The state Supreme Court yesterday struck down as unconstitutional a 19th-century Virginia law making it a crime for unmarried couples to have sex.
"We find no principled way to conclude . . . that the Virginia statute criminalizing intercourse between unmarried persons does not improperly abridge a personal relationship that is within the liberty interest of persons to choose," said the decision, written by Justice Elizabeth B. Lacy.
The ruling strikes down a law criminalizing fornication as a Class 4 misdemeanor punishable by a fine of up to $250. The law had been on the books since the early 1800s but has not been enforced against consenting adults since 1847, lawyers said. The court based yesterday's ruling on a 2003 U.S. Supreme Court decision overturning an anti-sodomy law in Texas.
The opinion did not deal with a separate Virginia law prohibiting sodomy. But attorneys for both parties in the case said it suggested that the court considers most laws regulating sex between consenting adults to be unconstitutional violations of the 14th Amendment's right to due process.
"It has far-reaching ramifications," said Paul Curley, an attorney for Kristopher J. Ziherl, the defendant in the case. "When you deal in any way with consensual acts -- sodomy, bigamy, adultery -- I'm not sure how any of them stand at this point."
The case involved a woman who sued her former boyfriend. Muguet S. Martin of Dinwiddie asked for $5 million in damages from Ziherl when she learned she had contracted herpes after they had had unprotected sex. She alleged that Ziherl knew about his condition but failed to inform Martin.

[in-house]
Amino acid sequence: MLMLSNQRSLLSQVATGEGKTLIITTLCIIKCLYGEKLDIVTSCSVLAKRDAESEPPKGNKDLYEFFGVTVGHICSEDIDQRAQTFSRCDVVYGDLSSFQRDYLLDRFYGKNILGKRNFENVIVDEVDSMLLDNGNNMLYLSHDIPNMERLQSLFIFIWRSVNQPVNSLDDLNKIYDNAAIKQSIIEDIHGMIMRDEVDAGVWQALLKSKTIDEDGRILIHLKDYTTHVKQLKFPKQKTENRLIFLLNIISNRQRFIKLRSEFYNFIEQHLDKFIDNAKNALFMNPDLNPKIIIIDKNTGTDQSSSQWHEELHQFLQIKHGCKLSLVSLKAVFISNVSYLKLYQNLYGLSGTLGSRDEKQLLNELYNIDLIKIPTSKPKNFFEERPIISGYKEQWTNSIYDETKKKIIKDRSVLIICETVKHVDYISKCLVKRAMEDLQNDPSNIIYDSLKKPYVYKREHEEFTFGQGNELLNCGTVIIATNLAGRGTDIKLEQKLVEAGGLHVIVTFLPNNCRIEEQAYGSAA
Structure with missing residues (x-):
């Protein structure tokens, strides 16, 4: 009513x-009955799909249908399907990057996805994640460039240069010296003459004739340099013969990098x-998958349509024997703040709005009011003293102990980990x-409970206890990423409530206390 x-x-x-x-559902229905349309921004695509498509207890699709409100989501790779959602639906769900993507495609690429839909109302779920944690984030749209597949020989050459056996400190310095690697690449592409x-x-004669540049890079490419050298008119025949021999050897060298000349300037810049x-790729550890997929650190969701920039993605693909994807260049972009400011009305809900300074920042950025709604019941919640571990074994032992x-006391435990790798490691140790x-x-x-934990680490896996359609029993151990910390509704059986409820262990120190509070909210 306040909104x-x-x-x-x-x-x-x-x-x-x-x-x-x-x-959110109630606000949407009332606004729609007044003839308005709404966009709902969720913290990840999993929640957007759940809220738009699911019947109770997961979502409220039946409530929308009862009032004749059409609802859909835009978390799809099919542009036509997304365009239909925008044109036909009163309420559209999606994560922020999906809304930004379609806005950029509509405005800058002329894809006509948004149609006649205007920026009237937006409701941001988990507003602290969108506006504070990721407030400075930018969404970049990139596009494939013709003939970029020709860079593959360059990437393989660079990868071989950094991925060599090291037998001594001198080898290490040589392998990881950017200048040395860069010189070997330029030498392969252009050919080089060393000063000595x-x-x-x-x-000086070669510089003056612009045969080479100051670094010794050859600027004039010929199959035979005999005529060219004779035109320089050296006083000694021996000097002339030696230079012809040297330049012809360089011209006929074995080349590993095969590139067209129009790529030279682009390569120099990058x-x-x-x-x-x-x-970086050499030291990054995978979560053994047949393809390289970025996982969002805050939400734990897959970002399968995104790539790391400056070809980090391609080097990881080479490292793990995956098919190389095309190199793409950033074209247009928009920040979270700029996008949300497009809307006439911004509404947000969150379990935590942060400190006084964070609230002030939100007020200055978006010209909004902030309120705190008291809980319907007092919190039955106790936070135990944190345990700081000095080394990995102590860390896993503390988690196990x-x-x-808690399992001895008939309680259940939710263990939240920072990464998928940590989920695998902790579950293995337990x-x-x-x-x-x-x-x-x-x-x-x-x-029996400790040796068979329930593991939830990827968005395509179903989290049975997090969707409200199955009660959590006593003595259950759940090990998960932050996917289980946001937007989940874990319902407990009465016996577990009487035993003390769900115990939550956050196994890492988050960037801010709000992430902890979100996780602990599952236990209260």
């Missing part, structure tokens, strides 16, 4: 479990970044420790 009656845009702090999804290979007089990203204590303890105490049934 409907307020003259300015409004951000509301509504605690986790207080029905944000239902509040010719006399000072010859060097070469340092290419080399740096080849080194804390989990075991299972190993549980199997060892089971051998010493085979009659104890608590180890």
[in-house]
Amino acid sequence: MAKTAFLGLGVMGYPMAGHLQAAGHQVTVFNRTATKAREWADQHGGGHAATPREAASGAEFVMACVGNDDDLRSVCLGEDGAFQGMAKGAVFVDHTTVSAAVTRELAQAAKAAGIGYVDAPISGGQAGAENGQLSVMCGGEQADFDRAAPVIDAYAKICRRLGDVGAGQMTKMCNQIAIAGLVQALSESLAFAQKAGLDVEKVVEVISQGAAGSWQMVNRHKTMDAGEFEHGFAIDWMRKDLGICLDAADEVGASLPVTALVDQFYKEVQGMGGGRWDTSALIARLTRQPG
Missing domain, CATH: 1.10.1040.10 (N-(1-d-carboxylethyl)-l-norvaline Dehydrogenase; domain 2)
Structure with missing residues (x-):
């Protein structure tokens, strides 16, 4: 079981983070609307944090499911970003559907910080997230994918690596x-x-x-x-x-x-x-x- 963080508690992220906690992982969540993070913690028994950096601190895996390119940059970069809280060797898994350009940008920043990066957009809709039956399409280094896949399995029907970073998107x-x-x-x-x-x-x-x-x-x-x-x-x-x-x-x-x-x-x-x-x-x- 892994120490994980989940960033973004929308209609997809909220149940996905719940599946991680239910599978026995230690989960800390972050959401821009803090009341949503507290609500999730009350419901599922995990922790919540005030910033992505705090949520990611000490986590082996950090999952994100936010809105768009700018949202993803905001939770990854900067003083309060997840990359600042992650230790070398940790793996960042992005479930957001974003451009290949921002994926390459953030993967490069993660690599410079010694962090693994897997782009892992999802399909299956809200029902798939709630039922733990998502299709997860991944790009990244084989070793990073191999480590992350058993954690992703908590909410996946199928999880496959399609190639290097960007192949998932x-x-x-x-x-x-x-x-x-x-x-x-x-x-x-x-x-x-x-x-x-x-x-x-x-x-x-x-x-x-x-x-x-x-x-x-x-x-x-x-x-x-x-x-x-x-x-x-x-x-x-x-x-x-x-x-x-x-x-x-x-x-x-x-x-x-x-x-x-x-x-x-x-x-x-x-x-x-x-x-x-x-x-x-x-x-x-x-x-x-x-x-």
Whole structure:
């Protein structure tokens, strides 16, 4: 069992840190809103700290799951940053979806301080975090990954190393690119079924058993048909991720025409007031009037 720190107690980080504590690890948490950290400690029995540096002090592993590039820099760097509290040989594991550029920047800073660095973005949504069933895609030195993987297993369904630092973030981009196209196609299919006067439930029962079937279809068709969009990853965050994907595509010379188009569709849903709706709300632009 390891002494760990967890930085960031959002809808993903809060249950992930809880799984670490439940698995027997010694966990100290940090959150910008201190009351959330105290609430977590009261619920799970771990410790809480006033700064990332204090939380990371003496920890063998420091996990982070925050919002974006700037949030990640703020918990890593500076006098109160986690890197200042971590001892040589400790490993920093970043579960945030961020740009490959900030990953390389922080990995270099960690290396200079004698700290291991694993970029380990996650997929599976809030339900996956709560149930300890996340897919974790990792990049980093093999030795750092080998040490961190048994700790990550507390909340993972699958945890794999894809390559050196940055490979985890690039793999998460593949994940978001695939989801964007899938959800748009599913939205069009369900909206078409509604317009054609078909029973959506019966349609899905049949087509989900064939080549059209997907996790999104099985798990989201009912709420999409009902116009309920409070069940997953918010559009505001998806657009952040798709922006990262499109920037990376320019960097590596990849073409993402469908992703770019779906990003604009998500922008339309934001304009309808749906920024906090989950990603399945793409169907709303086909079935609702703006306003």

Circuit Court Judge Theodore J. Markow in Richmond dismissed the lawsuit, concluding that Martin was not entitled to sue for damages that occurred during an illegal act. The state Supreme Court ruling reinstates the lawsuit, which will proceed in Circuit Court.
"I can't say we're pleased we made Virginia safe for fornication," said Neil Kuchinsky, Martin's attorney. "Though some will thank me, I'm sure. What we're saying is, there's a new sexual rule of procedure in Virginia. That is, 'If you're not asked, do tell.' "
Martin, 30, said she had no idea she was committing a misdemeanor during her two-year relationship with Ziherl. Comparing the ruling to laws regulating drinking and driving, she said yesterday's ruling means Virginians should act responsibly.
"Ultimately, the message is, we are adults and we do engage in activities that are not always current with the law books," she said. "If you're going to do something, be responsible about it."
Curley agreed that it is wise and moral to inform sexual partners of any sexually transmitted diseases. But, he added, "To some degree, you assume the risk of contracting a disease if you have unprotected sex with someone."
Yesterday's ruling relied heavily on the U.S. Supreme Court's opinion in Lawrence v. Texas, which involved a man who had been convicted of sodomy. In that case, the justices ruled in favor of the right for personal relationships to be free of governmental interference.
"The State cannot demean their existence or control their destiny by making their private sexual conduct a crime," the opinion said.
Virginia's justices stressed that their ruling affects only private behavior between consenting adults.
"Our holding does not affect the Commonwealth's police power regarding regulation of public fornication, prostitution or other such crimes," the opinion said.
Curley said the opinion strips lawmakers of the authority to legislate most sexual acts.
"It's ironic in this case," he said. "Had the plaintiff complied with Virginia's fornication statute, she would not have gotten herpes."